Tip for the language lovers

Losing my Harry Potter virginity #3: The Prisoner of Azkaban

“Harry Potter and the Prisoner of Azkaban” by J.K. Rowling. Published by Bloomsbury in 2013 (originally 1999).


English version below


Fangen fra Azkaban. Sirius Black. Så nåede jeg så langt, og hvor må jeg dog udtrykke min kæmpe begejstring for denne bog i rækken (hvorfor denne x-small kommentar nok også udvider sig til en medium kommentar – bare with me)!

“A mass of filthy, matted hair hung to his elbows. If eyes hadn’t been shining out of the deep, dark sockets, he might have been a corpse. The waxy skin was stretched so tightly over the bones of his face, it looked like a skull. His yellow teeth were bared in a grin. It was Sirius Black.”

Jeg blev faktisk følelsesmæssigt påvirket – mange gange. Medlidenhed med Hagrid, frustration over skæbnens uretfærdige gang, frygt for Hermiones mentale helbred. Faktisk følte jeg, Harry i denne tredje bog måtte træde lidt tilbage i billedet sammenlignet med hans konstante meget fremtrædende rolle i de to foregående. Jeg nød virkelig, at andre karakterer måtte komme til og få rum – selvom alting jo naturligvis stadig drejer sig om Harry wonderboy.

Rowlings noget mere sammenvævede plot her i The Prisoner of Azkaban end i de to første, er nok det element, jeg værdsatte mest. Der droppes hints til konklusionen helt fra første kapitel, og trådende samles, synes jeg, ganske elegant i forløsningen til sidst. Som også i både ettere og toeren, følte jeg Rowling gav den lige nok gas over se sidste tre kapitler, som havde et kæmpe forløsningsansvar hvilende på sine skuldre. Der går lige lidt for meget “skurken-bruger-en-time-på-at-udpensle-hele-sin-plan-for-offeret-inden-han-gør-det-af-med-ham” i den til min smag. Denne meget komprimerede, intense afslutning har utvivlsomt den ønskede effekt på mig, men helt rationelt, synes jeg, der på en måde går lidt for meget børnebog i den (men granted – det er jo egentlig det, den er).

På Goodreads har jeg givet bogen fire stjerner og gav faktisk megen tanke til min rating. Jeg var overvældet af følelser efter at havde vendt den sidste side og kunne have været tilbøjelig til at poppe en fem-stjerne. Men jeg lod være. Rowling er i min optik fantastisk til at bygge verdener og planlægge komplicerede plots, men sproget er alligevel en tand for fladt til, at den kan være en ægte femmer for mig.

Herfra giver jeg mig i kast med den fjerde i rækken, The Goblet of Fire, som jeg hiver med mig på flyet til Florida på søndag! Jep. Så skulle der være nok at tage sig til på den ti timers flyvetur. Sol, sommer, American boys og britiske Harry.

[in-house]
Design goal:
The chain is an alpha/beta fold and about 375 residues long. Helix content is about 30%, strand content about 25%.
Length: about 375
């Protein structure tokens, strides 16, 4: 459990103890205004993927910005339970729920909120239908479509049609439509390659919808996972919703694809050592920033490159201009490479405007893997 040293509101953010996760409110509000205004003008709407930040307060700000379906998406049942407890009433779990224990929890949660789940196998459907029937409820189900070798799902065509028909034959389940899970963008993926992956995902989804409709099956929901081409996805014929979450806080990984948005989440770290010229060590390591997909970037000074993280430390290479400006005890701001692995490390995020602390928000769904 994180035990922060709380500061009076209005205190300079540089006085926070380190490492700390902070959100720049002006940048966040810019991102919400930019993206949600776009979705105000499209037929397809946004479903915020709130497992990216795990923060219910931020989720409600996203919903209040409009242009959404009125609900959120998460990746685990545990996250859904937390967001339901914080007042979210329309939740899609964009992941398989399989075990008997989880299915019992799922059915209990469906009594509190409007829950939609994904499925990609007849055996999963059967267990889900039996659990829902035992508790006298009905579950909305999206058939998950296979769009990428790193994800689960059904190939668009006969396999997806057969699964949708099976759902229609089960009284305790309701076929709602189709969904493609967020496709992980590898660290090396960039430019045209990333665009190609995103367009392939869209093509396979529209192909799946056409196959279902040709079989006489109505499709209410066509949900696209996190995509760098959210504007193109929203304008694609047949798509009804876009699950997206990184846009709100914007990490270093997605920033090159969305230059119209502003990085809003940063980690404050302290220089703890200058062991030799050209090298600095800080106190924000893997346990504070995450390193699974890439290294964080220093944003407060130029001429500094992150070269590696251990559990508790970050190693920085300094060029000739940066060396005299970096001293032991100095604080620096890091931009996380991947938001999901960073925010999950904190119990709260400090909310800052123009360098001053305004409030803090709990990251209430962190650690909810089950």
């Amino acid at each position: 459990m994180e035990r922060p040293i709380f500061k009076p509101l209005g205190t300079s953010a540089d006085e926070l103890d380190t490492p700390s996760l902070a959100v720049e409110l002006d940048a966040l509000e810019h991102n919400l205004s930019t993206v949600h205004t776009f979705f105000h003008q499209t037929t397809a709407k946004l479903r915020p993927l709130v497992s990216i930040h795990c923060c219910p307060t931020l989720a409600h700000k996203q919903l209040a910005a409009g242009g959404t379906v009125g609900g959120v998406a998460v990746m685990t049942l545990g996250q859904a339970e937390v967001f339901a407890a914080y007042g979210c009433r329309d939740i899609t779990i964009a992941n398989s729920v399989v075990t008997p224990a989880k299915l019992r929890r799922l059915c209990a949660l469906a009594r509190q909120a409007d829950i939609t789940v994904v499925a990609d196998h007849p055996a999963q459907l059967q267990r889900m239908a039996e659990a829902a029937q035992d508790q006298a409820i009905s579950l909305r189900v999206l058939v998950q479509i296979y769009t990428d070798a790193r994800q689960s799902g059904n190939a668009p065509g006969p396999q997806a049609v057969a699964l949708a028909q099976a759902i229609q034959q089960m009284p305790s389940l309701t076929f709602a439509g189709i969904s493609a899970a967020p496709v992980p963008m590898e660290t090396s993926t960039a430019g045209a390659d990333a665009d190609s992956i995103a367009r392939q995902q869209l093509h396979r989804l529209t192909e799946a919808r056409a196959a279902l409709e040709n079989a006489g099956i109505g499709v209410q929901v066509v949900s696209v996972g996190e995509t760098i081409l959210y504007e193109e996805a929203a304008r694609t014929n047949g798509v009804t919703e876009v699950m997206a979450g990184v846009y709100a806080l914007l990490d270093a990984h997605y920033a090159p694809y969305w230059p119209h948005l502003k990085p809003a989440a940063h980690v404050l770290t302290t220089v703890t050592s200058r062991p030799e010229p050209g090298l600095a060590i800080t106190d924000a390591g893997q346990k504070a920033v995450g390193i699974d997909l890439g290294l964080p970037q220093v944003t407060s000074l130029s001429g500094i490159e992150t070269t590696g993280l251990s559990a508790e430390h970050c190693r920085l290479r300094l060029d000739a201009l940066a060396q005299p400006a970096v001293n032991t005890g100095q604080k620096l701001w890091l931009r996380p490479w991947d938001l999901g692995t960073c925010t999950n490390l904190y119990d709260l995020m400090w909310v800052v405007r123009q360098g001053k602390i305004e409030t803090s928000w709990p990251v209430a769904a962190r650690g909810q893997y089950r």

The Prisoner of Azkaban. Sirius Black. Then I got this far and I must express my great enthusiasm for this book in the series (which is why this x-small comment probably expands into a medium comment – bare with me)!

 “A mass of filthy, matted hair hung to his elbows. If eyes hadn’t been shining out of the deep, dark sockets, he might have been a corpse. The waxy skin was stretched so tightly over the bones of his face, it looked like a skull. His yellow teeth were bared in a grin. It was Sirius Black.”

I was actually very emotionally affected by this third book – many times. Sympathizing with Hagrid, frustration over the unfairness of fate, fear for Hermione’s mental health. In fact, I felt that Harry, in this third book, stepped back a little and dominated the story less compared with his constant very prominent role in the previous two. I really enjoyed that other characters were able to come forward and get some space – even though all things, of course, still revolves around Harry wonderboy.

Rowling’s somewhat more interwoven plot here in The Prisoner of Azkaban than in the first two, is probably the element that I appreciated the most. Hints are dropped about the conclusion from the very first chapter, and the threads are gathered, I think, quite elegantly when it all comes together at the end. Like both in book one and two, I felt that Rowling gave it just a little too much gas throughout the last three chapters, which had a huge responsibility of redemption resting on their shoulders. It became too much of “the-villain-spends-an-hour-elaborating-his-plan-for-the-victim-before-he-does-him-in” for my taste. This highly compressed, intense ending undoubtedly had the desired effect on me, but rationally, I found it too children’s book like (which – granted – really is what it is).

On Goodreads I gave the book four stars and actually gave much thought to my rating. I was overcome with emotion after having turned the last page and I might have been inclined to pop a five star. But I didn’t. Rowling is in my opinion, very talented at building worlds and planning complex plots, but the language is still a bit too flat to make it a genuine fiver for me.

From here I’ll throw myself into the fourth, The Goblet of Fire, which I’ll bring on the flight to Florida on Sunday! Yep. So there should be plenty to do for the ten-hour flight. Sun, summer, American boys and British Harry.

   

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